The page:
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Article

Remote Sensing of Snow Cover Variability and Its Influence on the Runoff of Sápmi’s Rivers

1
German Remote Sensing Data Center (DFD), German Aerospace Center (DLR) Muenchener Strasse 20, D-82234 Wessling, Germany
2
Department of Remote Sensing, Institute of Geography and Geology, University of Wuerzburg, Am Hubland, D-97074 Wuerzburg, Germany
3
Arctic Space Center, Finnish Meteorological Institute (FMI), Erik Palmenin Aukio 1, FI-00560 Helsinki, Finland
4
Department of Physical Geography, Stockholm University, Svante Arrheniusväg 8, SE-10691 Stockholm, Sweden
*
Author to whom correspondence should be addressed.
Academic Editors: Bartłomiej Luks and Jesús Martínez-Frías
Geosciences 2021, 11(3), 130; https://doi.org/10.3390/geosciences11030130
Received: 22 December 2020 / Revised: 26 February 2021 / Accepted: 7 March 2021 / Published: 12 March 2021
(This article belongs to the Special Issue Monitoring of the Seasonal Snow Cover)
The boreal winter 2019/2020 was very irregular in Europe. While there was very little snow in Central Europe, the opposite was the case in northern Fenno-Scandia, particularly in the Arctic. The snow cover was more persistent here and its rapid melting led to flooding in many places. Since the last severe spring floods occurred in the region in 2018, this raises the question of whether more frequent occurrences can be expected in the future. To assess the variability of snowmelt related flooding we used snow cover maps (derived from the DLR’s Global SnowPack MODIS snow product) and freely available data on runoff, precipitation, and air temperature in eight unregulated river catchment areas. A trend analysis (Mann-Kendall test) was carried out to assess the development of the parameters, and the interdependencies of the parameters were examined with a correlation analysis. Finally, a simple snowmelt runoff model was tested for its applicability to this region. We noticed an extraordinary variability in the duration of snow cover. If this extends well into spring, rapid air temperature increases leads to enhanced thawing. According to the last flood years 2005, 2010, 2018, and 2020, we were able to differentiate between four synoptic flood types based on their special hydrometeorological and snow situation and simulate them with the snowmelt runoff model (SRM). View Full-Text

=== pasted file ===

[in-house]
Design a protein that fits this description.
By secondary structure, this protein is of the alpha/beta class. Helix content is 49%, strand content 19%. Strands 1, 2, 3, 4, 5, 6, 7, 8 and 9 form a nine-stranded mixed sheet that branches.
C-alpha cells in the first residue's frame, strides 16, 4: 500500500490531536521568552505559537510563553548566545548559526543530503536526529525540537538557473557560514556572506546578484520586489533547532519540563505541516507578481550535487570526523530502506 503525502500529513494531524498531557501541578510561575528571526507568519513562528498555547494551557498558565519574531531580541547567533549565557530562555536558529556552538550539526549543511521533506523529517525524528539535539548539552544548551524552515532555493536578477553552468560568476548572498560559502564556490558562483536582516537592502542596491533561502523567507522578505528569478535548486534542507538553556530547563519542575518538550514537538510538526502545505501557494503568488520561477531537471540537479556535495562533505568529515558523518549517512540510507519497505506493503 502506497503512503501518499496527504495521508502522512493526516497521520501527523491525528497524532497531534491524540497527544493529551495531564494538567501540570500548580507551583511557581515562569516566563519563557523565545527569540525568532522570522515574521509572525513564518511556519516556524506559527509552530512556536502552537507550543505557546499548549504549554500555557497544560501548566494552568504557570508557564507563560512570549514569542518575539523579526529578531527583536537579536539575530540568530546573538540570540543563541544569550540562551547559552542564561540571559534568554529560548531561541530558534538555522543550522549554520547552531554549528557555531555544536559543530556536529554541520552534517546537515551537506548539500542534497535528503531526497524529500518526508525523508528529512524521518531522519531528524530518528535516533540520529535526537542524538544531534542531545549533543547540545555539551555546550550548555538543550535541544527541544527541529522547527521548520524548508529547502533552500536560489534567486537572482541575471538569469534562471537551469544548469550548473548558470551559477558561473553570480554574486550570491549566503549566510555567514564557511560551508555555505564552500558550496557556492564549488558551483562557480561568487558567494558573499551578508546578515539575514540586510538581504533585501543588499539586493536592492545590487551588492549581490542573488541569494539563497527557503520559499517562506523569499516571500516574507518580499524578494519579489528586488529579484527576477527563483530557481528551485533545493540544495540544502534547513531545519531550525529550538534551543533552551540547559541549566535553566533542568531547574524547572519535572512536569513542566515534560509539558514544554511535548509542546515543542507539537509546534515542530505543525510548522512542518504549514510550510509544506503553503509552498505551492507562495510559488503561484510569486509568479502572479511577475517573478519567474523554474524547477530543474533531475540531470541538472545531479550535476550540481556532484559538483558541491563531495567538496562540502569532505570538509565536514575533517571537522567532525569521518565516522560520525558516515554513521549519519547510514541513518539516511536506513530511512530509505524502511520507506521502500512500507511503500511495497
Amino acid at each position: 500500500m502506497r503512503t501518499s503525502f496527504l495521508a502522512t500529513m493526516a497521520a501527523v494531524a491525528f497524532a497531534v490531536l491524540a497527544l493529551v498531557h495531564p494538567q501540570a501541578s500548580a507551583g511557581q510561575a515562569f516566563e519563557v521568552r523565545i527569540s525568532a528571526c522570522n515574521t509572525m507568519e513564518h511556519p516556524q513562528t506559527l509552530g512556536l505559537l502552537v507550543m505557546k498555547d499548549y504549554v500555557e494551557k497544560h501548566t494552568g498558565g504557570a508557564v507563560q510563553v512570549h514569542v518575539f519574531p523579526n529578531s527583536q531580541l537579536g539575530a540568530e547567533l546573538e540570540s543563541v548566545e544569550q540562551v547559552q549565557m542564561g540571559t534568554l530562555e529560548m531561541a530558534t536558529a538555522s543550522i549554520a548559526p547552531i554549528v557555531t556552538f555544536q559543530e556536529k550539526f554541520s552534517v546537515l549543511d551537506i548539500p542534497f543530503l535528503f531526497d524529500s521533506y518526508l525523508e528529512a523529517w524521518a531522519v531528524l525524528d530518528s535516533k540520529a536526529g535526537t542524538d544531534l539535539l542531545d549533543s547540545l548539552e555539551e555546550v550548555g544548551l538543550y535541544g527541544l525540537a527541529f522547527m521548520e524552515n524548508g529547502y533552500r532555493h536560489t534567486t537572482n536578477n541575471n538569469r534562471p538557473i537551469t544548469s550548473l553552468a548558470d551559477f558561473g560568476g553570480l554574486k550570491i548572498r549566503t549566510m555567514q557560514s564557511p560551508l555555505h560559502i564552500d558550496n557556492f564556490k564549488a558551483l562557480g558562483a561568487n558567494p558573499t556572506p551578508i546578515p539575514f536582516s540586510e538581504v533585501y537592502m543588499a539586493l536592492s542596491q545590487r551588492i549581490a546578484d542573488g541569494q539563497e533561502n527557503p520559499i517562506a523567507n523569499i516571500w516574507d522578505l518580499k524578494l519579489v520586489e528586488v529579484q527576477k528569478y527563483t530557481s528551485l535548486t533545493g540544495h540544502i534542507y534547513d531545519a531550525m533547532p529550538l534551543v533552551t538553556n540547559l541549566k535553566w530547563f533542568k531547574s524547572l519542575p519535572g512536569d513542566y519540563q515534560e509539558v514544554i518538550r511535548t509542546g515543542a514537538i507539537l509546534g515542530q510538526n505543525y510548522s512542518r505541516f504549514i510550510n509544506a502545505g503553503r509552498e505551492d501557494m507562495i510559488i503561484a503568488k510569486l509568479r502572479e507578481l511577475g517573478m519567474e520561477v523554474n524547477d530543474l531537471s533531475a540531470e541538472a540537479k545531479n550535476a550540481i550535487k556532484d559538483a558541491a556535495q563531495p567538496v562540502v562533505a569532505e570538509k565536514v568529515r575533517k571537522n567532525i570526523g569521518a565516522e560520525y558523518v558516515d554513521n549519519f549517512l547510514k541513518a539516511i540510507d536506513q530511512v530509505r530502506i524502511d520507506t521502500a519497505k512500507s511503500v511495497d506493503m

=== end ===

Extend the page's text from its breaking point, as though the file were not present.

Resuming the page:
Keywords: remote sensing; snow parameters; snow variability; MODIS; snow hydrology; spring flood; Sápmi; Mann-Kendall test; snowmelt runoff model remote sensing; snow parameters; snow variability; MODIS; snow hydrology; spring flood; Sápmi; Mann-Kendall test; snowmelt runoff model
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MDPI and ACS Style

Rößler, S.; Witt, M.S.; Ikonen, J.; Brown, I.A.; Dietz, A.J. Remote Sensing of Snow Cover Variability and Its Influence on the Runoff of Sápmi’s Rivers. Geosciences 2021, 11, 130. https://doi.org/10.3390/geosciences11030130

AMA Style

Rößler S, Witt MS, Ikonen J, Brown IA, Dietz AJ. Remote Sensing of Snow Cover Variability and Its Influence on the Runoff of Sápmi’s Rivers. Geosciences. 2021; 11(3):130. https://doi.org/10.3390/geosciences11030130

Chicago/Turabian Style

Rößler, Sebastian, Marius S. Witt, Jaakko Ikonen, Ian A. Brown, and Andreas J. Dietz. 2021. "Remote Sensing of Snow Cover Variability and Its Influence on the Runoff of Sápmi’s Rivers" Geosciences 11, no. 3: 130. https://doi.org/10.3390/geosciences11030130

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